Have you ever been completely fooled by a product name? You think it's one thing, only to find out it's something completely different?
I was in Indianapolis recently, and as a Minor League baseball fan, I decided to check out Victory Field, the beautiful home of the Indianapolis Indians. The Indians are a Triple-A affiliate of a Major League team.
Indianapolis is a four-and-a-half-hour drive from the City of Cleveland, Ohio, and Cleveland is home to Major League Cleveland Indians. Therefore, I naturally assumed that the Indianapolis Indians were the AAA farm team of the Cleveland Indians.
But... I was wrong.
The Indians aren't affiliated with the Indians; the Indians are affiliated with the Pittsburgh Pirates. I know... I didn't get it, either.
How would you like to be the parent who promised their children that they'd take them to an Indian's minor league game, only to find out that the team on the field is actually the Pirates?
When naming a product, give it a name that will make sense, and set clear expectations for the customer. While there are plenty of sound tips for naming products, I'd like to focus on three specific steps that can most impact the customer experience.
Choose a name that accurately defines the product.
If you're the Pirates, call yourself the Pirates. Don't call yourself the Indians. The customer should know what the customer is buying, and the product name shouldn't prevent that.
Choose a name that describes the benefits of the product.
A good name describes the results that customer receives from using the product. (Remember the marketing adage, "Customers don't buy 1/4 inch drill bits; they buy 1/4 inch holes.") A favorite examples of the benefits-oriented name is Leggs - the pantyhose introduced in 1969 by Hanes. Woman didn't want hosiery; they wanted the legs that resulted from wearing the hosiery.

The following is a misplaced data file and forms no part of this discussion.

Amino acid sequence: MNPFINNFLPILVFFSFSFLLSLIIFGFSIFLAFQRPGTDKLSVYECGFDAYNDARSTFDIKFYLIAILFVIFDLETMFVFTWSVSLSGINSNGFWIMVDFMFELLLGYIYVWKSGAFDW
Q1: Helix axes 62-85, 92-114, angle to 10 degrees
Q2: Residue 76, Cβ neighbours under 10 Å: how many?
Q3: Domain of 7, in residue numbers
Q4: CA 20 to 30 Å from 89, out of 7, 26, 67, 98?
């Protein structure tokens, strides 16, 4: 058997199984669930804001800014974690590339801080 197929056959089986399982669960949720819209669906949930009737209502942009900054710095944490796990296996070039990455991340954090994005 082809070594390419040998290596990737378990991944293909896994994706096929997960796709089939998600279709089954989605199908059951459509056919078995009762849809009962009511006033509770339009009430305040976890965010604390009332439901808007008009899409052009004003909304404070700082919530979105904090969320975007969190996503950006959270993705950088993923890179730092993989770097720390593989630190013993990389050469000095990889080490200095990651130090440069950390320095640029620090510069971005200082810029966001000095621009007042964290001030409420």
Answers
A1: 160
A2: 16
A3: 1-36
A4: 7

Choose a name that will make sense to the customer; not the product designer.
Do you remember the Ford Edsel? Considered one of the greatest product and marketing failures in the history of the automobile, the Edsel was named after the son of Henry Ford. Critics said the car wasn't attractive enough to sell, but the name certainly didn't help. While it meant something to the company's founder, it had no meaning for the customer. When you name a product, do it for the customer; not for yourself.
Name your products from the customer's point of view; a well-chosen name can impact the customer experience, as well as the success of the product.
What are some of the more successful product names that you can remember, and why?